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    Re: led lights
    From: Herbert Prinz
    Date: 2003 Nov 26, 11:58 -0500

    Ken James wrote:
    > There has been some question about intensity/brightness of pulsed LEDs. In
    > that regard, it is a well established fact that the phenomena known as
    > "flicker brightness enhancement" is real.
    > What it boils down to is that for the human eye, a periodic train of light
    > pulses of correct pulse duration and duty cycle (on-off %) can look
    > 'brighter' than the same amount of light spread out uniformly over the same
    > time frame. The explanation seems to be that the eye does not have enough
    > time to tell the brain the light is off before it comes back on, and the
    > peak value gets taken for the average value, more or less.
    Hello Ken,
    I find your post very interesting, but I have not seen the thread that you are
    refering to. I hope I am not repeating arguments that have been discussed. If
    so, I apologize.
    The obvious question that comes to mind first is: "If the brain does not have
    enough time to tell that the light is off, why does it have enough time to tell
    it's on?" In other words, the argument could be reversed to explain why a
    flickering LED should look darker than a continuous one, and therefore does not
    really explain anything as long as you don't provide details on the duty
    cycles.  From your statement "...up to 80% more...", I gather that the light has
    to be slightly longer on than off. So the nerves (or whatever) actually have
    more time to regenerate from the previous "on" signal than from the previous
    "off" signal. This does not seem to make your explanation very plausible.
    However, when you say that the phenomenon of "flicker brightness enhancement" is
    real, I assume you mean that statistically valid tests have been performed to
    verify this. Am I right? I am therefore not questioning the
    neurologigal/psychological fact, just your explanation. At any rate, I am not
    convinced that the exploitation of this phenomenon makes any physical sense.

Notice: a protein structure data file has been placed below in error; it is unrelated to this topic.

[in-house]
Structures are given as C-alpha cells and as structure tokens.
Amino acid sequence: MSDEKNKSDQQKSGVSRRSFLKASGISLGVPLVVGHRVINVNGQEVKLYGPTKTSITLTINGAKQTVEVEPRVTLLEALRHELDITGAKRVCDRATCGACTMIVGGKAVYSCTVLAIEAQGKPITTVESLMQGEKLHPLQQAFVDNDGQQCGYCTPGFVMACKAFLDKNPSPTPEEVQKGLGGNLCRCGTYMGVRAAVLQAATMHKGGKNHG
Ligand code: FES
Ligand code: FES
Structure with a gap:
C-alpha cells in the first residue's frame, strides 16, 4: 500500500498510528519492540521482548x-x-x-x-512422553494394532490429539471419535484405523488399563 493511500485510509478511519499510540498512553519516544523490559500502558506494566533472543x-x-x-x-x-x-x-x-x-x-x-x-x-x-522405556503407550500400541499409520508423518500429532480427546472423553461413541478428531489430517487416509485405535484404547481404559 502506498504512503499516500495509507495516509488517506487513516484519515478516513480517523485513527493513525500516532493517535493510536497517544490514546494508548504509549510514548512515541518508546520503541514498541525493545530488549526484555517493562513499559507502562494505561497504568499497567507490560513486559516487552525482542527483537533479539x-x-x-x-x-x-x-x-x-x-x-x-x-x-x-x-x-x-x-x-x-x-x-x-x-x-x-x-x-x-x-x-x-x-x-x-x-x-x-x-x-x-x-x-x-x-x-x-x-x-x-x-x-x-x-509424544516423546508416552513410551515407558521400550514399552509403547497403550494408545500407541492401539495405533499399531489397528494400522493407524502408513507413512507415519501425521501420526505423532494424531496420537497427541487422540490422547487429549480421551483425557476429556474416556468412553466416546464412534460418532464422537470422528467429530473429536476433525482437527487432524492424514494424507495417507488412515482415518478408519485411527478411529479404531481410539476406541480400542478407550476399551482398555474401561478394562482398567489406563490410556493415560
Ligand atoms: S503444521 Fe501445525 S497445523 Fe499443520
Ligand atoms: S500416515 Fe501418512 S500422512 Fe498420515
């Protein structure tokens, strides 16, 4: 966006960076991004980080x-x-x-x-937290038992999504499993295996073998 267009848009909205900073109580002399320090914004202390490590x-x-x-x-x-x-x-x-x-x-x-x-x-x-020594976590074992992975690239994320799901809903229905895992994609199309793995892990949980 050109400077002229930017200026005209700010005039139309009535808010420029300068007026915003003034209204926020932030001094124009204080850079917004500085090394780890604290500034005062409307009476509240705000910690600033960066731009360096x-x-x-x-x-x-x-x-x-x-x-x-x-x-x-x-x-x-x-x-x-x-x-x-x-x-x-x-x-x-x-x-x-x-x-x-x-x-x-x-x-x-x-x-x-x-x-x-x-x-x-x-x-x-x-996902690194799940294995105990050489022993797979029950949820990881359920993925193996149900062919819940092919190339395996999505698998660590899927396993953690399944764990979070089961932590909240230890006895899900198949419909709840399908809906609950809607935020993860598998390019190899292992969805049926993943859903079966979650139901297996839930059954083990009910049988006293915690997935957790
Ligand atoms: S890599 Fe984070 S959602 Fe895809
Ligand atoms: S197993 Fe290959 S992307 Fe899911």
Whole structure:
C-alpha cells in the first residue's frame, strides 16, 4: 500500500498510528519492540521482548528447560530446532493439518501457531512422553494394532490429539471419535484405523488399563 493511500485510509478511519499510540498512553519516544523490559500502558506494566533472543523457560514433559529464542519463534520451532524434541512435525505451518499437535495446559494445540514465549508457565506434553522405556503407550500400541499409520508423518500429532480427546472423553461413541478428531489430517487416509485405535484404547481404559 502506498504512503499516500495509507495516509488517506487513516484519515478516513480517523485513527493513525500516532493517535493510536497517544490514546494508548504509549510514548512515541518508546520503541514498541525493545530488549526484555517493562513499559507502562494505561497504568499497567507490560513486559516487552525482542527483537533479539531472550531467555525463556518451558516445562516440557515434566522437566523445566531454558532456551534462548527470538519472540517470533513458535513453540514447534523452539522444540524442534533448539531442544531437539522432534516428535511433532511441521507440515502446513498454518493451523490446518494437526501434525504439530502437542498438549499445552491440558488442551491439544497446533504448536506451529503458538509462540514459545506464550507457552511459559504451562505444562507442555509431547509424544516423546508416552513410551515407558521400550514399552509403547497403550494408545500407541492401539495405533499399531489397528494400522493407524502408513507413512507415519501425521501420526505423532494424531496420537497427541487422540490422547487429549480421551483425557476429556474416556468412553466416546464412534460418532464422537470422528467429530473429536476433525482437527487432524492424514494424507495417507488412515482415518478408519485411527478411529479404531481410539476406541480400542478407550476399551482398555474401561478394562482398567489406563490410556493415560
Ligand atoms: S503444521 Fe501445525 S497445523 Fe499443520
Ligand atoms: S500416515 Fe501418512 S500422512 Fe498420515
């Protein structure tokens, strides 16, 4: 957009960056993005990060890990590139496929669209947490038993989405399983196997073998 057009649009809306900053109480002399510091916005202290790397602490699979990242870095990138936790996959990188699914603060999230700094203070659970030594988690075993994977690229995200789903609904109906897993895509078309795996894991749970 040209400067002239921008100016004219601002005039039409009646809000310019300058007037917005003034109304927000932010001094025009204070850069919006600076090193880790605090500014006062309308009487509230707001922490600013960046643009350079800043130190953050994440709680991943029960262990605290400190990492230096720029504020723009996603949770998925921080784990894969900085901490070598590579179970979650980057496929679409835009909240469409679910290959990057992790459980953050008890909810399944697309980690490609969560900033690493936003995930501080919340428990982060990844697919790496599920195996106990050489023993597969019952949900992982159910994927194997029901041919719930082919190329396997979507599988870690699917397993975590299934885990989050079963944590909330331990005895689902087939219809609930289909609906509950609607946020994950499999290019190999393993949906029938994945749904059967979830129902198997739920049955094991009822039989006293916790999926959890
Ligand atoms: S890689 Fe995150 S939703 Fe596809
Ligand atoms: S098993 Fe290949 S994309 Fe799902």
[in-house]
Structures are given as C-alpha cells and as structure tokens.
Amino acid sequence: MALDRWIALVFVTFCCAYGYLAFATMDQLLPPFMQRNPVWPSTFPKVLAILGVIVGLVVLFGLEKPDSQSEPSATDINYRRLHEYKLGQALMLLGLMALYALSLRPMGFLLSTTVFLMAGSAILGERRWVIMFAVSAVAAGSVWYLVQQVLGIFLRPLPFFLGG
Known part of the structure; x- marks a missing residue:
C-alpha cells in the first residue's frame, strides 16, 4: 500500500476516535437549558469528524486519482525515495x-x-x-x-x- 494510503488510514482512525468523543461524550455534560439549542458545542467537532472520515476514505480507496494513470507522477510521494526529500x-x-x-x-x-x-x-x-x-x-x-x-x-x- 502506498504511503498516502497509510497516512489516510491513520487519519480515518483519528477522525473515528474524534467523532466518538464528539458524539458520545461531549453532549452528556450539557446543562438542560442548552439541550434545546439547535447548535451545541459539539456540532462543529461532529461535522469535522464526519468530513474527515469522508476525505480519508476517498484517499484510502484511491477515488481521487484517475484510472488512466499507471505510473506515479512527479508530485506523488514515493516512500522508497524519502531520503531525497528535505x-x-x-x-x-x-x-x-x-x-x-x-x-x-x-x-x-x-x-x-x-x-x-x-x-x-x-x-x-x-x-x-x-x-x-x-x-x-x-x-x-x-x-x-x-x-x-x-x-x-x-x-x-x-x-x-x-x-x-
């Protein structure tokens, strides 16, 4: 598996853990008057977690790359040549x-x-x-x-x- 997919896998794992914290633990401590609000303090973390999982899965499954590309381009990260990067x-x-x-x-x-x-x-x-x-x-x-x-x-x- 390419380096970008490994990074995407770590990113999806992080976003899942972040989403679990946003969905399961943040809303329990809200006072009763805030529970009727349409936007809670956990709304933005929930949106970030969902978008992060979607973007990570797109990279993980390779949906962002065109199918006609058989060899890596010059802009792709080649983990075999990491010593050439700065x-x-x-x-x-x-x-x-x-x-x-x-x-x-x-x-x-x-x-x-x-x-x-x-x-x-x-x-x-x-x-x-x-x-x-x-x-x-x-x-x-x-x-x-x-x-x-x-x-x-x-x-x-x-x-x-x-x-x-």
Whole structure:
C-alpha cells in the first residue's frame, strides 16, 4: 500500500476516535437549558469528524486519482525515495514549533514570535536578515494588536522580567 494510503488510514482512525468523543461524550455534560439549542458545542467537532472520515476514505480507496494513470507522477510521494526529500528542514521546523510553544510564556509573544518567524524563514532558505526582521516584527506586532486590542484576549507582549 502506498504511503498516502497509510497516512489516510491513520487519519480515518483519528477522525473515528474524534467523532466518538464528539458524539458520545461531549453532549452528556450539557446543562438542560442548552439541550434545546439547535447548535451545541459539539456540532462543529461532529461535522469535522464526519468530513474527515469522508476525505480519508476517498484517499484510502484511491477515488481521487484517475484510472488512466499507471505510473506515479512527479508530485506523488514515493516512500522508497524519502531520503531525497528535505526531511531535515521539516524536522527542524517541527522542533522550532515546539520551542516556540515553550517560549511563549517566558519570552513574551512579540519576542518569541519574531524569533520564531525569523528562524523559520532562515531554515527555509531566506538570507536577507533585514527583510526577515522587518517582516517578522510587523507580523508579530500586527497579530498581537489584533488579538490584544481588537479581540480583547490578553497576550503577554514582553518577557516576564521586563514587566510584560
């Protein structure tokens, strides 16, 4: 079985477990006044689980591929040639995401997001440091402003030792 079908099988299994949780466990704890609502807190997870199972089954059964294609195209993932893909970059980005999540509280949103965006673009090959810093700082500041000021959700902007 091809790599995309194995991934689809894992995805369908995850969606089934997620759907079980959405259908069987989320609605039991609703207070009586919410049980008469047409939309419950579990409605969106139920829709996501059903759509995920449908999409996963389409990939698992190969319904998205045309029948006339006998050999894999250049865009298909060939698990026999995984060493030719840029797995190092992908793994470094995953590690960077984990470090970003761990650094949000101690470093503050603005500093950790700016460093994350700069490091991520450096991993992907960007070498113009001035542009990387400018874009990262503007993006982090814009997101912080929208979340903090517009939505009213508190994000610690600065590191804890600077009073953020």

1) The trick works only as long as there is only one light source, or as long as
    all light sources are driven by the same driver. Otherwise the intensity of
    light would be averaged before it reaches the eye. This would seem to limit the
    applicability. Individual cabin lights that can mutually interfere would all
    have to be driven by a common chopped source. Is this how you are proposing the
    2) As you say yourself, the test person may well have the _impression_ that the
    light is brighter, but that does by no means imply that he sees better. The
    maximum optical resolution is a function of the amount of available light (as
    every amateur astronomer knows who wants an ever bigger scope). Violating this
    principle is akin to inventing the perpetuum mobile. So, what is the advantage
    of having a cabin light "LOOK" brighter? You won't be able to read better in
    this kind of light. (And at the same time possibly retain the negative side
    effect of impaired night vision corresponding to the full peak brightness. Any
    tests on this?)
    On the other hand,  I do see the advantage in the case of nav lights, if the
    principle works. Are there tests that show that the phenomenon also exists over
    longer distances, i.e. when the light source appears more like a dot, rather
    than filling the room?
    Herbert Prinz

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